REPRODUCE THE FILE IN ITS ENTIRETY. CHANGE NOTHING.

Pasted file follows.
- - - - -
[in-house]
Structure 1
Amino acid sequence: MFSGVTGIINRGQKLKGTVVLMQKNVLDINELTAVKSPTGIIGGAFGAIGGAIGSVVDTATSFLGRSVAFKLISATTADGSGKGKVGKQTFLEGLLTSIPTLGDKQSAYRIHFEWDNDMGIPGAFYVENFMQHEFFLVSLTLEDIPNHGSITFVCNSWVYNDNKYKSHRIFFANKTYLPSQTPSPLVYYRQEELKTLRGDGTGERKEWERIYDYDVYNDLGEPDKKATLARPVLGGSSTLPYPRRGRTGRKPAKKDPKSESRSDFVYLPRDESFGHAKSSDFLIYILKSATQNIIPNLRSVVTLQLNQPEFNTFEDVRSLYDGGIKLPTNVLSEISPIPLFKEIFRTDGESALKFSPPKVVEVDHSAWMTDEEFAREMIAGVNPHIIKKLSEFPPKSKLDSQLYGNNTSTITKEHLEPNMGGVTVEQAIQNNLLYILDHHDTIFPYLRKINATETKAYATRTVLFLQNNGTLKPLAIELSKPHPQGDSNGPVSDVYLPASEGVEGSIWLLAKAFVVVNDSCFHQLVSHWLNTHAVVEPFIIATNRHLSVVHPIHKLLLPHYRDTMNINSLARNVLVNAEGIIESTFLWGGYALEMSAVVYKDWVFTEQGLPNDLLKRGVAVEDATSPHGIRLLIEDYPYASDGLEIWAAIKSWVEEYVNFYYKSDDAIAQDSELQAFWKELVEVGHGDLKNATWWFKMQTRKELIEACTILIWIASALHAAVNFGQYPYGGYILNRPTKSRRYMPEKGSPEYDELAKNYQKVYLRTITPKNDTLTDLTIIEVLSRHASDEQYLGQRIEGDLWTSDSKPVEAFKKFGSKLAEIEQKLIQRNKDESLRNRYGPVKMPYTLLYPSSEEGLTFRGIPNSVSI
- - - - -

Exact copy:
[in-house]
Structure 1
Amino acid sequence: MFSGVTGIINRGQKLKGTVVLMQKNVLDINELTAVKSPTGIIGGAFGAIGGAIGSVVDTATSFLGRSVAFKLISATTADGSGKGKVGKQTFLEGLLTSIPTLGDKQSAYRIHFEWDNDMGIPGAFYVENFMQHEFFLVSLTLEDIPNHGSITFVCNSWVYNDNKYKSHRIFFANKTYLPSQTPSPLVYYRQEELKTLRGDGTGERKEWERIYDYDVYNDLGEPDKKATLARPVLGGSSTLPYPRRGRTGRKPAKKDPKSESRSDFVYLPRDESFGHAKSSDFLIYILKSATQNIIPNLRSVVTLQLNQPEFNTFEDVRSLYDGGIKLPTNVLSEISPIPLFKEIFRTDGESALKFSPPKVVEVDHSAWMTDEEFAREMIAGVNPHIIKKLSEFPPKSKLDSQLYGNNTSTITKEHLEPNMGGVTVEQAIQNNLLYILDHHDTIFPYLRKINATETKAYATRTVLFLQNNGTLKPLAIELSKPHPQGDSNGPVSDVYLPASEGVEGSIWLLAKAFVVVNDSCFHQLVSHWLNTHAVVEPFIIATNRHLSVVHPIHKLLLPHYRDTMNINSLARNVLVNAEGIIESTFLWGGYALEMSAVVYKDWVFTEQGLPNDLLKRGVAVEDATSPHGIRLLIEDYPYASDGLEIWAAIKSWVEEYVNFYYKSDDAIAQDSELQAFWKELVEVGHGDLKNATWWFKMQTRKELIEACTILIWIASALHAAVNFGQYPYGGYILNRPTKSRRYMPEKGSPEYDELAKNYQKVYLRTITPKNDTLTDLTIIEVLSRHASDEQYLGQRIEGDLWTSDSKPVEAFKKFGSKLAEIEQKLIQRNKDESLRNRYGPVKMPYTLLYPSSEEGLTFRGIPNSVSI